Lovely read, a couple of hours tops is all that’s needed. Pretty pics, very lifestyle magazine in vibe, but don’t discount it because of that. The hygge principle is worth inhaling even if, like me, you’re already pretty hygge’d up, that is, you’ve got a life where simplicity, joy, chocolate and tea play a big role.
The Little Book of Hygge is still a sweet thing to thumb through on a grey afternoon.
— My favourite part is ‘Ten Unique Words and Phrases from Around the World’, which includes…
Iktsuarpok (Inuit) The feeling of anticipating that leads you to look outside to see if anyone is coming.
Friolero (Spanish) A person who is very sensitive to cold weather.
Hanyauku (Rukwangali; Nambia) Walking on your toes on warm sand.
Tsundoko (Japanese) The constant act of buying books but never reading them.
Schilderwald (German) A street with so man road signs that you become lost.
Hygge itself, a kind of deep comfort, is described by the author Meik Wiking (is that not the best name?) as “…humble and slow. It is choosing rustic over new, simple over posh and ambience over excitement. In many ways, hygge might be the Danish cousin to slow and simple living.”
There’s a lot about soft, comfy blankets and fires. Much chocolate. Doing simple things (simplicity is key). Much about friends, food, games, music. Much of hygge takes place indoors, the Danish weather, apparently being what it is, especially in winter. Many candles, much coffee, socks.
There are actual Hyggesocken.
In one of the wee sections (all sections are wee) the author tells of their own hygge TV viewing preference which is to watch only one or two episodes at a time of a favourite series, then wait a week or more to watch another one. The opposite of binging. Made me think of The World Before Taping Things Much Less Netflix and how restaurants would empty at 8:30 because the next episode of Shogun was on that night. I’m referring of course to the eighties.
Hygge also suggests that we allow ourselves to play.
“One of our issues as adults is that we become too focused on the results of an activity. We work to earn money. We go to the gym to lose weight. We spend time with people to network and further our careers. What happened to doing something just because it’s fun?”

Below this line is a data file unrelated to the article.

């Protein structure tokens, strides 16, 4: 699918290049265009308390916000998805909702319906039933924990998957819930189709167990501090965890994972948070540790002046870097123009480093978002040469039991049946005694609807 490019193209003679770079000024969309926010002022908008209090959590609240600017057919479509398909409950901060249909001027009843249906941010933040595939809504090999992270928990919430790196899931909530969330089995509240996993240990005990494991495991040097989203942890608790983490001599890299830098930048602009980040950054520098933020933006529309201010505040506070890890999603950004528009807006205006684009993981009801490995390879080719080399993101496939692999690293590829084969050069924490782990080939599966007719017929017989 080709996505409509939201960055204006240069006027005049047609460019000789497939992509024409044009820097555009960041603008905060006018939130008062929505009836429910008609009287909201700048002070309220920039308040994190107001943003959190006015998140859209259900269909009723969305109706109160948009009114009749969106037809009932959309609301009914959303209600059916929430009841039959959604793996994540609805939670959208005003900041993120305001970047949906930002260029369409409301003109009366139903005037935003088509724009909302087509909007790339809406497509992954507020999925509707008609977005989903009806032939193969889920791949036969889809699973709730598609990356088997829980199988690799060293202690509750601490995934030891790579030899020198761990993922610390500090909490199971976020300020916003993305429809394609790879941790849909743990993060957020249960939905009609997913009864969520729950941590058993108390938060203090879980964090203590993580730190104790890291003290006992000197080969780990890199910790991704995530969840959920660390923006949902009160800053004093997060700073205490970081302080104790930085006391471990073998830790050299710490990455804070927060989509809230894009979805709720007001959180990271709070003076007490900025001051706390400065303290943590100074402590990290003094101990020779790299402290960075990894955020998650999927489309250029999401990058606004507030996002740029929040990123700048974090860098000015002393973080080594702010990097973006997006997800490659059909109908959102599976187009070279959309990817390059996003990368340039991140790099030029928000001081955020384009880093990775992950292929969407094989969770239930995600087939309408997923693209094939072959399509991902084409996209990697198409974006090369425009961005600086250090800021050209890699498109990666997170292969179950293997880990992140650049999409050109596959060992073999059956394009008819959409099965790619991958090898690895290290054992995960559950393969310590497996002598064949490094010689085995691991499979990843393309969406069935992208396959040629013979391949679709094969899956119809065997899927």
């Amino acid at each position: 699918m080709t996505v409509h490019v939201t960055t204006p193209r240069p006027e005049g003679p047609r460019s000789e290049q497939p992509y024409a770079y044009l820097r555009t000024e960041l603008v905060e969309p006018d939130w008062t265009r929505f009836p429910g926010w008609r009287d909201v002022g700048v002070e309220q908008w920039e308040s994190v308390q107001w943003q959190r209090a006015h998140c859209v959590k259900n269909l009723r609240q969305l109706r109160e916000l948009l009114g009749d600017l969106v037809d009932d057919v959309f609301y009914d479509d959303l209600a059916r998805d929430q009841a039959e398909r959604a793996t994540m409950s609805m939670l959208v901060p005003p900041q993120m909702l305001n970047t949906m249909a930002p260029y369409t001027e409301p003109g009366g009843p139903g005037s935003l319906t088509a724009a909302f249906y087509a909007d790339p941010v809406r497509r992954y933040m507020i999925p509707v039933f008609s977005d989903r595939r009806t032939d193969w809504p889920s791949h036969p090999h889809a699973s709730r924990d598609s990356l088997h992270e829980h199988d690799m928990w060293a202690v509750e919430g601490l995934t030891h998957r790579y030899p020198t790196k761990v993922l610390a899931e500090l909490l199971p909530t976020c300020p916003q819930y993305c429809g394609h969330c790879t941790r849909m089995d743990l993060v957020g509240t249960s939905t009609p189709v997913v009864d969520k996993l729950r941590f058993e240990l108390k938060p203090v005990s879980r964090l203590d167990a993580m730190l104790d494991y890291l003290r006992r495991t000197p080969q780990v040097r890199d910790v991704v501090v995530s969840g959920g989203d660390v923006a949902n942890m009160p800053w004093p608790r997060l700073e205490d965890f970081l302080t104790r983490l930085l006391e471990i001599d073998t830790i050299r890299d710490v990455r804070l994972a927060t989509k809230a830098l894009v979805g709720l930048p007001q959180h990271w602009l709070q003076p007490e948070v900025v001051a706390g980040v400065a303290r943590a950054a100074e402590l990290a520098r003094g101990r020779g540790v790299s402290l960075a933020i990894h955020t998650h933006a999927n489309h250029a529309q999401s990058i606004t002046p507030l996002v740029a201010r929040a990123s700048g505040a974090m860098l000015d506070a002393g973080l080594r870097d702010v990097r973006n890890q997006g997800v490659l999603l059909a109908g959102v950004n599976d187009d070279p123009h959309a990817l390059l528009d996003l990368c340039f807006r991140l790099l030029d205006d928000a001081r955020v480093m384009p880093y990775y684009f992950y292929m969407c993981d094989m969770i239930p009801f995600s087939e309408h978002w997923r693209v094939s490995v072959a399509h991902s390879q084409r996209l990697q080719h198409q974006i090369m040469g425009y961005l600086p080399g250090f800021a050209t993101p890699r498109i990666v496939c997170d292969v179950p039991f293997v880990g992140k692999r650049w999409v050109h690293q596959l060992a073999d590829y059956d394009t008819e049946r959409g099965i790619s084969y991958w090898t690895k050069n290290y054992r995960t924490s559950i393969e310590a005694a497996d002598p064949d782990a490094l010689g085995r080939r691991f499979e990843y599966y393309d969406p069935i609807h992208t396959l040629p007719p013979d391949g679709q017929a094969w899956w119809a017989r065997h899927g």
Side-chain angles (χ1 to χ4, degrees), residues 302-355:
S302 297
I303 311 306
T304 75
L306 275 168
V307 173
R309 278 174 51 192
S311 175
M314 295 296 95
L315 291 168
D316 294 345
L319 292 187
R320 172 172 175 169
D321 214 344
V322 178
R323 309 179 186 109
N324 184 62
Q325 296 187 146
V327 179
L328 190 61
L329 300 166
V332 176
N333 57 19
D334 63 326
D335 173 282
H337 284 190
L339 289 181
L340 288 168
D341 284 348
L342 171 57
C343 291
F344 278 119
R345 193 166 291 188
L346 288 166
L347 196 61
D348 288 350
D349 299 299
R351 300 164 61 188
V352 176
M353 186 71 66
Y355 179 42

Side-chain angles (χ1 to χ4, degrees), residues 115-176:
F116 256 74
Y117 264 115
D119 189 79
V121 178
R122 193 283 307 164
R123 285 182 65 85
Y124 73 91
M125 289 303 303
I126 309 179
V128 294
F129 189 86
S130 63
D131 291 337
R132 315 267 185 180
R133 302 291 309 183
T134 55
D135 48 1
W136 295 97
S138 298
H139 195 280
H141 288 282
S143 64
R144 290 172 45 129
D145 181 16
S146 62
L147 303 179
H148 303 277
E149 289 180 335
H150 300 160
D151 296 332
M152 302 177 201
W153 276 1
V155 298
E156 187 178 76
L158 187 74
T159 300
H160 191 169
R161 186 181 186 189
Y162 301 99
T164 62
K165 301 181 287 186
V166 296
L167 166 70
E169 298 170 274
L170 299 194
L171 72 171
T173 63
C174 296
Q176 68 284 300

Like I said, I think I’m already doing hygge.
Including leaving restos by 8:30.
Seems I like reading about hygge every few years.
Also worth reading is this on Denmark’s social framework and its role in creating a deep-breathing, hyggesocken-filled society.
6 thoughts on “this is not a review: ‘the little book of hygge’, by meik wiking”
What a great way to decompress after the hectic holidays! Thank you for the reminder to have fun!
Don’t you love that? Imagine doing something just because it’s fun.
I think I would love this book. It is good to know that I am Friolero. I want some pf those socks too.
It occurred to me that I already own a pair of hygge socks… mine came from Mark’s Work Warehouse. They are amazingly soft and warm, very thick and almost like wearing slippers. And I don’t like socks OR slippers. I prefer bare feet year round. My only exception (indoors) is my Mark’s hyggesocken, haha!
I was actually sitting under a soft, comfy blanket by the fire eating chocolate as I read your review (still am except the chocolate’s gone) so I appear to be doing it too, but I still think I’d like the book. It just sounds so comforting. One thing though, even if hygge is mostly indoors, I do think it’s enhanced by having been outdoors doing bracing things earlier in the day, don’t you?
Yes, absolutely, Elizabeth. And I think the outdoors figures hugely in Danish lifestyles. Which, just as you say, makes the ‘hygge’ elements even stronger, more appreciated. There’s another book that talks more generally about all this, ‘The Year of Living Danishly’, which I also reviewed on Matilda. https://matildamagtree.com/2016/11/22/this-is-not-a-review-the-year-of-living-danishly-by-helen-russell/
That books also touches on their social infrastructure… a glorious thing by the sound of it.